When it comes to the future of work “late adopter is equivalent to out of business.” The question that you should be asking yourselves is what is your organizations doing about these five trends to make sure that you can succeed in the new world of work? If your organization doesn’t think about and plan for the future of work then your organization will have no future.
But while we know intuitively that tasks we find interesting can feel effortless, what does it actually do to our mental gas tank? Can interest help us perform our best without feeling fatigued?
Research by psychologists Paul A. O'Keefe and Lisa Linnenbrink-Garcia of Michigan State University, which were recently published in the Journal of Experimental Social Psychology, suggests that it can.
The Age (blog)Were you born to lead? The Age (blog) But when they're all combined, it becomes clear that leadership development programs “produce substantial results”, especially in regards to improving the knowledge and skills of those who...
When I was younger I wanted my own business, but I didn’t know how to begin. Should I buy a franchise, join a multi-level marketing company, or start my own business?
I went to seminars, presentations, and sales pitches on selling everything from milk additives to fuel additives, from soap to jewellery.
A lot of the presentations were very high-pressured. They were designed to get you to buy, sign, and commit. It was all about selling the dream of a life of leisure; you could live like a king and enjoy life without hard work. You could be different from the average Joe—no longer serving the man but living the dream.
Having started and run three successful businesses myself and spoken to hundreds of small business owners I can look back over 35 years and say, “Yep, that was definitely a bunch of crap!”
Whether small, medium or large in size, organizations have been or are set to grapple with remote-based leadership issues. I believe there are some compelling reasons why this is going to snowball quite soon, and leaders will want to prepare themselves to augment or adapt new leadership styles as workers begin to work from anywhere.
There is a particular, awful feeling you get working in a company that is sinking. You can tell the minute you walk in the door that the energy is off. If you pay attention to the vibe you get on a job interview, you’ll know when a company is broken. People don’t look you in the eye. No one wants to be there, but you might take the job regardless if you’re out of other options.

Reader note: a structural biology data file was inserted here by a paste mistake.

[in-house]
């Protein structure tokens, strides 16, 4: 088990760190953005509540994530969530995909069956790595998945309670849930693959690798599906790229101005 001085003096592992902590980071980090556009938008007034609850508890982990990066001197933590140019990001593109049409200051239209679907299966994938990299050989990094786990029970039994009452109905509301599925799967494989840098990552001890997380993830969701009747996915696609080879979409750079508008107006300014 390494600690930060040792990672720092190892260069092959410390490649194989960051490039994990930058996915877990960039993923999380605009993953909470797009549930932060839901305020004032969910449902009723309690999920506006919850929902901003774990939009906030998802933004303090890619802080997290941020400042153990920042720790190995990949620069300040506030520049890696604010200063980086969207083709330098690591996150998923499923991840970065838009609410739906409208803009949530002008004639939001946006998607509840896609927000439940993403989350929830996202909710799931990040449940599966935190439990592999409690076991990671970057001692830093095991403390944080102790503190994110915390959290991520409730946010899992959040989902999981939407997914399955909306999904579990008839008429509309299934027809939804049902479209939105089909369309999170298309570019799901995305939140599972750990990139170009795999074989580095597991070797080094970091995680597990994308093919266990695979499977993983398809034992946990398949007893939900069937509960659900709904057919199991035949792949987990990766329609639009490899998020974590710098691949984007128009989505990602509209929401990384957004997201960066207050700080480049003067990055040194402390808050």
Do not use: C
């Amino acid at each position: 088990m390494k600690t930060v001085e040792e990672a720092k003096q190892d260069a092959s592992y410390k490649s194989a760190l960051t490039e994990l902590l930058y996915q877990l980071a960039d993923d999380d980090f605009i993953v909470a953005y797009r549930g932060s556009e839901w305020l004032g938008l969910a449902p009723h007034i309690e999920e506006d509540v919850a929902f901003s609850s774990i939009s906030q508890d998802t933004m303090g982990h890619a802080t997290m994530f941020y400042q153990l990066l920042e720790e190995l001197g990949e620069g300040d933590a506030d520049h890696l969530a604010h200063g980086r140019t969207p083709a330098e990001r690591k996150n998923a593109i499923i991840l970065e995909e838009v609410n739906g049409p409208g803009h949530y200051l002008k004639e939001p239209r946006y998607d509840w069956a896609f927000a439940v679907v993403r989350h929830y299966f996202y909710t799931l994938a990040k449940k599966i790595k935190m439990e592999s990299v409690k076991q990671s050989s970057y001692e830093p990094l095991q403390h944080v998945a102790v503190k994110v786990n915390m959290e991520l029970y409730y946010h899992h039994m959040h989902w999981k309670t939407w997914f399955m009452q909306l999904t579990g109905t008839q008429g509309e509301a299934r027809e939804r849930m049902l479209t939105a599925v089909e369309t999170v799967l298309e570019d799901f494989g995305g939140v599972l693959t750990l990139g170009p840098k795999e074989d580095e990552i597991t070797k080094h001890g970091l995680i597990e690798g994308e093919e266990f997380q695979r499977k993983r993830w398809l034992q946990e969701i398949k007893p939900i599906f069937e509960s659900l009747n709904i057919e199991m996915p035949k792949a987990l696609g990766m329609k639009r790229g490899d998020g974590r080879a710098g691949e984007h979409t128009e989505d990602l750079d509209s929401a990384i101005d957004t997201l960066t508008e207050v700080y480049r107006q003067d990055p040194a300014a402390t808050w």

Our lives today weave between formal and social spaces, no longer defined by the four walls of the office or a clear distinction between technologies and communities. Social Leadership is a style suited to the Social Age: it’s about building reputation that leads into authority.
This concept and the visual was taken from my new book which came out today called, The Future of Work: Attract New Talent, Build Better Leaders, and Create a Competitive Organization.
One of the things I have been writing about and have tried to make clear over the past few months is that work as we know it is dead and that the only way forward is to challenge convention around how we work, how we lead, and how we build our companies. Employees which were once thought of expendable cogs are the most valuable asset that any organization has. However, the employee from a decade ago isn’t the same as the employee who we are starting to see today. To help show that I wanted to share an image from my upcoming book which depicts how employees are evolving. It’s an easy way to see the past vs the future.
Why should anyone be led by you wrote Goffee and Jones (HBR) in 2001. Indeed. Often new leaders spent so much time on goals and targets and using “climbing skills” shall we call them, that when they arrive where they wanted to get to they think more of the same will work.
Many organizations, in pursuit of growth, understand the need to be agile in every aspect of their business—from faster decision making to more flexible operations to collaborative ventures. Yet, there is often a gap between that awareness and cohesive action. The Accenture study on agility explores the common characteristics of agile businesses.